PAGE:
Religiosity - In contrast to Latin America, Australians usually do not like to talk about their religious beliefs, because they think that matter is something very intimate, private and confidential. Many of them say that they are not believers but “spiritual”, this is, they believe in the existence of a supreme being but not as a god.

Open-minded and tolerance - Unlike Latin America societies, Australian society is based on mutual respect and a spirit of tolerance. Nobody wants to impose their beliefs on others and they respect the cultural background of people, even if they do not agree with that.

Political correctness - In comparison to politicians from Latin America, Australian politicians do politics in a different way. Lying and/or cheating the voters are not usual in them as these behaviours would end their political careers.


Be persistent but patient – Success does not fall from the sky. It is the consequence of well-planned and organised hard work. It is not a product of luck or chance, but it is necessary to be in the right place at the right time, because the opportunities are rarely repeated. Maybe you will not get everything, but the sense of satisfaction of having achieved something in difficult conditions, gives us the strength to undertake another challenge.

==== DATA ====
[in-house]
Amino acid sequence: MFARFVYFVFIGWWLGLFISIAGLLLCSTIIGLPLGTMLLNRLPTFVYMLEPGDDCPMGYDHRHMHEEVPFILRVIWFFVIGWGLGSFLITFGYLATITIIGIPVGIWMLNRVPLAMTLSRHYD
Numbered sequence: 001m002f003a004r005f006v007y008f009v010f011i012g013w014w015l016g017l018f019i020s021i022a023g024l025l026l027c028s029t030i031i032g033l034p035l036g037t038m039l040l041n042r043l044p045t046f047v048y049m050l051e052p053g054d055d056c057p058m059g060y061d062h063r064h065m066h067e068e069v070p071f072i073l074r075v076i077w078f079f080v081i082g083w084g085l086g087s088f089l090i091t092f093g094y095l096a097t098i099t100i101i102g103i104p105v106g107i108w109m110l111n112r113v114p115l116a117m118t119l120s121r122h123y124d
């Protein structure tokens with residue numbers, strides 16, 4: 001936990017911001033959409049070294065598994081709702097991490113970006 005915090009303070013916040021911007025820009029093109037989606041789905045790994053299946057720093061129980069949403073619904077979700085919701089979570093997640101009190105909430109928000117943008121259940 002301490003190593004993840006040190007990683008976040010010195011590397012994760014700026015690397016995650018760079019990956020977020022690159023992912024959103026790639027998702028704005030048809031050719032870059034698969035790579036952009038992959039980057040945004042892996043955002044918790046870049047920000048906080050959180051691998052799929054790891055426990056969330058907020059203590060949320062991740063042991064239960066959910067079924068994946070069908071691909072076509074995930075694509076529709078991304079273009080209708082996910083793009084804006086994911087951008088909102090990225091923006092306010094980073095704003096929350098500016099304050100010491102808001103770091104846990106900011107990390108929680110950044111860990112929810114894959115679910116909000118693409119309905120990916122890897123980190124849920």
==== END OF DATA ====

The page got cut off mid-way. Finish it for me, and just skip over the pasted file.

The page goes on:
Plan thoroughly - Before starting anything, you should ask yourself: Am I prepared to do it? What do I need to do it? Are my goals achievable? Get advice from people who already live in Australia and do your best effort to achieve your dreams. Studying English in your own country is the first step to success, then think carefully about the advantages and disadvantages of moving to Australia.

Consider possibilities - Many times, things are not as we think or they had told us; therefore, as a consequence of that, the outcome would not be in accordance with our expectations; for example, when you try to get a job for the first time in Australia or try to change or get another visa to stay here. A positive “can do” attitude is essential and helps very much, but you should be realistic and consider several possibilities.

At the core yard.jpg

Roberto working in exploration

On core-yard duties


Roberto would like to lead big mining projects in South America, Asia, Africa and of course Australia. He has been working on several small mining projects, but he believes that big things start as small ones. In the near future he would like to work on some non-metallic commodity such as clay or marble for example or even mineral sands. Travel wise, he would like to go to Antarctica or the North Pole. If you want to contact Roberto please emails us to